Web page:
Interestings… (March 27)

Gems recently unearthed from my online reading include:

George Saunders on what writers really do when they write is, hands down, the best description I’ve read of the writing process.

If you somehow missed the news, The Handmaid’s Tale is being newly adapted for television and is back on bestseller lists. Here’s Margaret Atwood on what her seminal novel means in the age of Trump.

I saw Get Out over the weekend.This movie works because it’s not only a chilling and entertaining horror movie, but it also comments in a meta way on the tropes of horror movies while exposing the societal issues we truly fear, which is what good horror should do. Here’s an interesting analysis on how Get Out exposes the myth of a postracial America, but beware–it has spoilers galore, and it’s best seeing this movie without know much about it.

Ever wonder why you never hear about Midwestern literature in the same sense as the Southern novel or the Western? I enjoy reading books with a strong sense of place. But I must confess that while I avidly track my reading of Southern, Western, and New England literature, and I can easily see the themes and connections running through those books, I never track my Midwestern reading. It just doesn’t seem to hold as much interest for me, as the Midwest doesn’t seem to be as much of a “character” as these other region are. Why literature and pop culture still can’t get the Midwest right.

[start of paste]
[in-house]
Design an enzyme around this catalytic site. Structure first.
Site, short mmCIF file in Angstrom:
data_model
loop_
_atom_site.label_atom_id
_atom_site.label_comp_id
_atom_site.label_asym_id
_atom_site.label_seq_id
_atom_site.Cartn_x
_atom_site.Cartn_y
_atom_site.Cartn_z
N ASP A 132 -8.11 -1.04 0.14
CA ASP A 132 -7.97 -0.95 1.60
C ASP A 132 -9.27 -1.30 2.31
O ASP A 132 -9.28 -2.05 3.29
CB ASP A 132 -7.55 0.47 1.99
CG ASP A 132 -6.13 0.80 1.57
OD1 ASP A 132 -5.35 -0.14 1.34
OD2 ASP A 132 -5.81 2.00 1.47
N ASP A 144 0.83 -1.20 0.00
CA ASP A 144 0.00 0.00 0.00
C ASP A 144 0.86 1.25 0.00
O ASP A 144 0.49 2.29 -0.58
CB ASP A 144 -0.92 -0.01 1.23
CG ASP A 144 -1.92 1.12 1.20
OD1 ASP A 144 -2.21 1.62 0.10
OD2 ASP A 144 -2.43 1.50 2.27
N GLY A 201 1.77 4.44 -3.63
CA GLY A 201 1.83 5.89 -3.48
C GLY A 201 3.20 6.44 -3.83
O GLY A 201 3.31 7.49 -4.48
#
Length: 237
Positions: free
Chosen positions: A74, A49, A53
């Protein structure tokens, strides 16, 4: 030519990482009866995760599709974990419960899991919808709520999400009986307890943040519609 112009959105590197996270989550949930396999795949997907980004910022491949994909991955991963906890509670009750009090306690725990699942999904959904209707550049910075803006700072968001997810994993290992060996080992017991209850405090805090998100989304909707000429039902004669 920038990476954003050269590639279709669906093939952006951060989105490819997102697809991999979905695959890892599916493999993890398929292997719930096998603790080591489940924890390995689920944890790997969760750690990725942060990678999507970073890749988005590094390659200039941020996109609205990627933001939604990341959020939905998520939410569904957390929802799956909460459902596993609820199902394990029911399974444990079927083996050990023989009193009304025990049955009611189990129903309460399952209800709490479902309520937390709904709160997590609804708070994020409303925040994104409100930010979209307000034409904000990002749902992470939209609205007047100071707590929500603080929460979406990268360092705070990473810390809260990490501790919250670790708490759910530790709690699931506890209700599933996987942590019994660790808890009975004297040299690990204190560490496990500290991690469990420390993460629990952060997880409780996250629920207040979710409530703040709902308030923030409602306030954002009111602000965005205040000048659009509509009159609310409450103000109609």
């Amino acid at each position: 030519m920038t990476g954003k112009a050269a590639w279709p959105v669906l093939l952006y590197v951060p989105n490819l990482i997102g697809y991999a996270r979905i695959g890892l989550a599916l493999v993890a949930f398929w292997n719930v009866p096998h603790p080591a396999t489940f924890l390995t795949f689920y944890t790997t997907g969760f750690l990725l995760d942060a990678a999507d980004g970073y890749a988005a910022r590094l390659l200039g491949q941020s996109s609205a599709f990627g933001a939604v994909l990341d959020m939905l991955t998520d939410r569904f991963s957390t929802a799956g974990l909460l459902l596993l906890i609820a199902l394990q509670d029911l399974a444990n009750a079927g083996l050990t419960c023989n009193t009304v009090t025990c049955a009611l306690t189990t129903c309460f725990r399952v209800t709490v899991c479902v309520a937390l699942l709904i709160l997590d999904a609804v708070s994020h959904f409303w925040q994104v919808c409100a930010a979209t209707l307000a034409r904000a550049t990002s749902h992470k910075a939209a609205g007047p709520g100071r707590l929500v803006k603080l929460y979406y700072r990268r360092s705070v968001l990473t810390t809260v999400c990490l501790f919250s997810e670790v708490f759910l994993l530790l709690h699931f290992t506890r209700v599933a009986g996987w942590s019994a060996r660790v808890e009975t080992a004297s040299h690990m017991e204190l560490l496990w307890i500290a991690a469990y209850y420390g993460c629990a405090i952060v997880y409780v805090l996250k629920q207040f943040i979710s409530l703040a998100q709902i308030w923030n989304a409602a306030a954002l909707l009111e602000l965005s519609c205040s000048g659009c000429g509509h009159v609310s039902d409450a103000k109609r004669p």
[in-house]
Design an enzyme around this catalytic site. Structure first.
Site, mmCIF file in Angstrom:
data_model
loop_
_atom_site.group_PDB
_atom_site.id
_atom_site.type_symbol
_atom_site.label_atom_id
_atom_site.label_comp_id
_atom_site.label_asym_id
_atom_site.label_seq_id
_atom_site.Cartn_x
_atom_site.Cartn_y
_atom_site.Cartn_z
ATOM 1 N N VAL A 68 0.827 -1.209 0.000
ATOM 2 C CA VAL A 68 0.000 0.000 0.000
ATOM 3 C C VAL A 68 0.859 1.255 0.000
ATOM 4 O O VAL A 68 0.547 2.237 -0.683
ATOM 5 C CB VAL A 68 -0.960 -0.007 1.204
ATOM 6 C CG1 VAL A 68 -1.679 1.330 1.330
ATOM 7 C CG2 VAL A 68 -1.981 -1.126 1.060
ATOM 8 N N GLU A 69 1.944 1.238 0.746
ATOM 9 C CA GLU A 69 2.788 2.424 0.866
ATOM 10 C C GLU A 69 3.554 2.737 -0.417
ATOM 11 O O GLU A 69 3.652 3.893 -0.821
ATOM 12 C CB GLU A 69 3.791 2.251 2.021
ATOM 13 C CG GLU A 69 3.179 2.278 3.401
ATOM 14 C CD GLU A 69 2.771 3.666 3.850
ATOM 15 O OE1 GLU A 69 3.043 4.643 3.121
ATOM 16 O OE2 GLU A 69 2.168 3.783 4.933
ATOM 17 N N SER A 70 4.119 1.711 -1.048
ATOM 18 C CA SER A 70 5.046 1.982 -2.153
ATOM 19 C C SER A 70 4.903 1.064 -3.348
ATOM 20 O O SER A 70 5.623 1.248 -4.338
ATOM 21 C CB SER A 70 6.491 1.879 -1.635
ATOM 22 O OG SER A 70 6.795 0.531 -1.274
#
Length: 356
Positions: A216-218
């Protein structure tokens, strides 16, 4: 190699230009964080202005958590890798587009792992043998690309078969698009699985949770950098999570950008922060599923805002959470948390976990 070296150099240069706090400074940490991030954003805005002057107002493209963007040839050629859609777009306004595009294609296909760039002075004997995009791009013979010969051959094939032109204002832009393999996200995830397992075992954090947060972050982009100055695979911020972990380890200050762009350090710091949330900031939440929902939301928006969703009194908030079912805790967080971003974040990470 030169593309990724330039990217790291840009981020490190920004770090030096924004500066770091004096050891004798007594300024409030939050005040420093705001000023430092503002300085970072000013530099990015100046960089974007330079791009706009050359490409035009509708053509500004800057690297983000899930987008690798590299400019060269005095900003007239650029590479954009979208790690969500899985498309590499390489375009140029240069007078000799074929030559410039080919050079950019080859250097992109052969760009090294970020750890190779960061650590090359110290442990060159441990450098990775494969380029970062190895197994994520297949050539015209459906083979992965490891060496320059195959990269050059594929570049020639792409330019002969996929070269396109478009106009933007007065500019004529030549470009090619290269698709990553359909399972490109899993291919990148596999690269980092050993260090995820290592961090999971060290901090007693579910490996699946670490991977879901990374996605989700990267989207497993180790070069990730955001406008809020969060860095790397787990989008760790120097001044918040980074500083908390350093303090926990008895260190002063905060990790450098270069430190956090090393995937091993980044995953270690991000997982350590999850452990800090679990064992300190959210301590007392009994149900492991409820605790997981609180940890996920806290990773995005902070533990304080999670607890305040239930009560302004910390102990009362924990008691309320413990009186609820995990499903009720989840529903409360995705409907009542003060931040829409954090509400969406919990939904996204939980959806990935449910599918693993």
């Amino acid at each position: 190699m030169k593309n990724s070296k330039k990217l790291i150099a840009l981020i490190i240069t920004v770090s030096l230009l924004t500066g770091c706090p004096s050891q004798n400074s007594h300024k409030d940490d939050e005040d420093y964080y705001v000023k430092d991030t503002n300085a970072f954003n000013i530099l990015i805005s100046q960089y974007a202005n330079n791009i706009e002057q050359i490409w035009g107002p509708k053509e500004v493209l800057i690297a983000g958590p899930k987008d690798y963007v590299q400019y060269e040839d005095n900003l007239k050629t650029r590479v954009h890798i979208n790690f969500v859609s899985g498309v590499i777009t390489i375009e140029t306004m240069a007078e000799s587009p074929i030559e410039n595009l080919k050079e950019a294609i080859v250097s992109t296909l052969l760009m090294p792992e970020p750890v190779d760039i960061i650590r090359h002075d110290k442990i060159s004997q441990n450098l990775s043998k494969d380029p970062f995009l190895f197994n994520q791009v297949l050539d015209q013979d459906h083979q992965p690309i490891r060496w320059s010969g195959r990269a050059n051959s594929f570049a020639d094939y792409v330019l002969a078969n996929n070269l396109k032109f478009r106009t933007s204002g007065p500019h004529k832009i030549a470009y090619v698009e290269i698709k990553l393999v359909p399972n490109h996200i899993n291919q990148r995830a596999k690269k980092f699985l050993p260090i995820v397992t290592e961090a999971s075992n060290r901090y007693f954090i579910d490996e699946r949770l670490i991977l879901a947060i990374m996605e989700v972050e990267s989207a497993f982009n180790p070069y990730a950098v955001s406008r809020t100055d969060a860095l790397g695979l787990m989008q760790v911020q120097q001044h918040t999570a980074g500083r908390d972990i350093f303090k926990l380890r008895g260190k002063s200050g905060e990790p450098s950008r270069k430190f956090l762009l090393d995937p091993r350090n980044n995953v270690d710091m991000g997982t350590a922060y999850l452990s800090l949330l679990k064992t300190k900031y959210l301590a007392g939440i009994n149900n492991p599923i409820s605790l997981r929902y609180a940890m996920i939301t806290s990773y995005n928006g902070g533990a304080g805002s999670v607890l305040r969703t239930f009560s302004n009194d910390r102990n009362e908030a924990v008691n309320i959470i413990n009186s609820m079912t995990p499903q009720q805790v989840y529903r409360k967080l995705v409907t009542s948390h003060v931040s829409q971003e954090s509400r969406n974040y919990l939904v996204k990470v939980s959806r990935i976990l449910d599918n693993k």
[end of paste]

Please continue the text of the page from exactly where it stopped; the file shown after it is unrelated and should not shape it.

Recommended Reading: Underground Airlines

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I highly enjoyed and appreciated Ben H. Winters’s gripping new novel, Underground Airlines, on three levels.

First, it presents a fascinating what-if scenario. In this alternate America, instead of having a civil war, the states came to a compromise that essentially made slavery constitutional into perpetuity. In the present day, slavery continues to be legal in four states–the “hard four,” as they are called–making the United States a political and trade pariah in the world. This hard-to-fathom reality of present-day legal slavery shades every plot point, character motivation, and line of dialogue, presenting a mind-warping vision of America.

Layered on top of this is a highly suspenseful, well-plotted crime story. The combination of tropes from two such disparate genres infuses both with a new energy. Winters has done this before, in his excellent Last Policeman trilogy, but he’s upped his game here. The nameless narrator, once a slave, is now an undercover detective for the US Marshals who tracks fugitive slaves himself, with a hard-boiled sensibility but a nuanced character that gradually reveals itself.

All of this would be enough to make Underground Airlines a terrific read, but Winters has deftly woven piercing social commentary into his alternate history. This vision of America, in which people passionately condone the enslavement of black human beings, is so different from and yet so much like our own society that it forces the reader to re-examine all the assumptions that lie at the bottom of race relations in the United States today. Without preaching or lecturing, Winters makes us question how we view race as it affects poverty, education, incarceration, pretty much everything.

This book enthralled me on all levels. I so hope there will be a sequel, because I would definitely read it.

Recommended Reading: Crooked Heart